Call of Duty: Black Ops review

Wii is getting old...

GamesRadar+ Verdict


  • +

    Great levels

  • +

    set pieces

  • +

    action etc

  • +

    Solid Wii controls

  • +

    Lots of content and good game modes


  • -

    Aging graphics

  • -

    Bad audio

  • -

    Competitive multiplayer that may not work

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At this point you probably don't need us to tell you that Call of Duty: Black Ops is great, but if that's news to you then you'd better get your ass over to ourSuper Reviewto receive an immediate education. It's more likely, we'd guess, that you're curious to see how the Wii version stacks up against the big bad PS3 and Xbox 360 versions.

We were flabbergasted to find that in some respects, yes, the Wii version is actually comparable to the versions on the more powerful consoles. The main experience is intact, and the shooting gameplay is (except for perhaps Goldeneye) the very best available on the Wii. Almost all of the content available in the big-brother versions of the game is available on the Wii version as well. This is not a dumbed-down port, and for that it deserves commendation. The only downside is that its greatness is even greater on the other consoles. As a result, you'll want to play the Xbox 360 or PS3 version if you have the choice, but the Wii version is a capable substitute if you only have access to a Wii.

Call of Duty: Modern Warfare Reflex Edition was a big step forward for Wii first-person shooters, but Black Ops takes things even further by offering all the more seamless control. Thanks largely to hefty auto-aim the Wii remote functions about 75% as well as a traditional controller (note: percentages pulled from rectum). That may not sound like much, but it's a hell of an improvement when you consider that older Wii FPSes were at about 25% at best.

Getting the controls right is at least half the battle here. We already knew that Black Ops had a wealth of great content, levels, set pieces etc., but the controls and production values are what most of us were skeptical about. The first of those two is solid, but the latter is borderline embarrassing. Wii has always been known to be a far weaker system than PS3 or Xbox 360, but Black Ops exhibits the ever widening graphics gap better than any game to date. Comparing the graphics on PS3 vs Wii is like comparing the Ridge Lake Junior Varsity baseball squad to the New York Yankees (or perhaps San Francisco Giants would be more apropos).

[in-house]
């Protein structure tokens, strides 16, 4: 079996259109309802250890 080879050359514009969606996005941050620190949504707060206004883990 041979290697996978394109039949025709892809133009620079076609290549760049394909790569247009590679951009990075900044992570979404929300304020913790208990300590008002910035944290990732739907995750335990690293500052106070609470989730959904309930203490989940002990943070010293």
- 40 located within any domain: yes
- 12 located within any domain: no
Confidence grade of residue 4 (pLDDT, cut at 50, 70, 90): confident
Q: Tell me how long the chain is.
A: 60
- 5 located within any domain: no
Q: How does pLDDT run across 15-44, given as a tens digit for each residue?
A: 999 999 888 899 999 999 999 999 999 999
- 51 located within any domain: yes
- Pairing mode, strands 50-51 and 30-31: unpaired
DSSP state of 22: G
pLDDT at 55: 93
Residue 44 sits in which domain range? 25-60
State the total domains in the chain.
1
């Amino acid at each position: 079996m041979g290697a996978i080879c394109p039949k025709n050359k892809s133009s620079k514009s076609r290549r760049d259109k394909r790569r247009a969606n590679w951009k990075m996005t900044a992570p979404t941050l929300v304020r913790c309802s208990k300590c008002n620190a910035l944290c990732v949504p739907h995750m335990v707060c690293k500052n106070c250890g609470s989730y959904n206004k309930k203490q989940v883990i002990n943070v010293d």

Picture a screenshot of Call of Duty: Black Ops, and then run it through a blender and try to reassemble the pieces with a glue stick. That should give you a pretty good picture of the amount of resolution this game is pushing. We can think of several last-gen games off the top of our heads that look far better than this version of Black Ops. Previous Wii games have shown that realism is far from the system's strong suit, and many games have survived embarrassment by eschewing realistic graphics for more stylized art. No More Heroes, MadWorld, and the Madden series spring to mind. Black Ops tackles realistic graphics head-on and embarrasses the Wii hardware in the process.

The presentation problems don't stop with the graphics though. The audio is actually pretty bad. That's not a knock against the soundtrack - which is just as average here as it is on other systems. Our suspicion is that the Wii port of the code didn't have audio optimized for the system. Voices are often practically inaudible if there are any sound effects going off, and turning up the volume doesn't help since the music is one of the reasons it's so hard to hear. It got so bad that two hours into the game we literally had no idea what was going on. We had to switch to the Xbox 360 version to act as a translator. In any other game it might not have been such a big deal, but one of Black Ops' main narrators is a distorted voice that is occasionally muffled beyond recognition. You can fiddle with the sound levels in the options menu, but the only way to get voices up to decent levels requires you to turn sound effects and music too far down.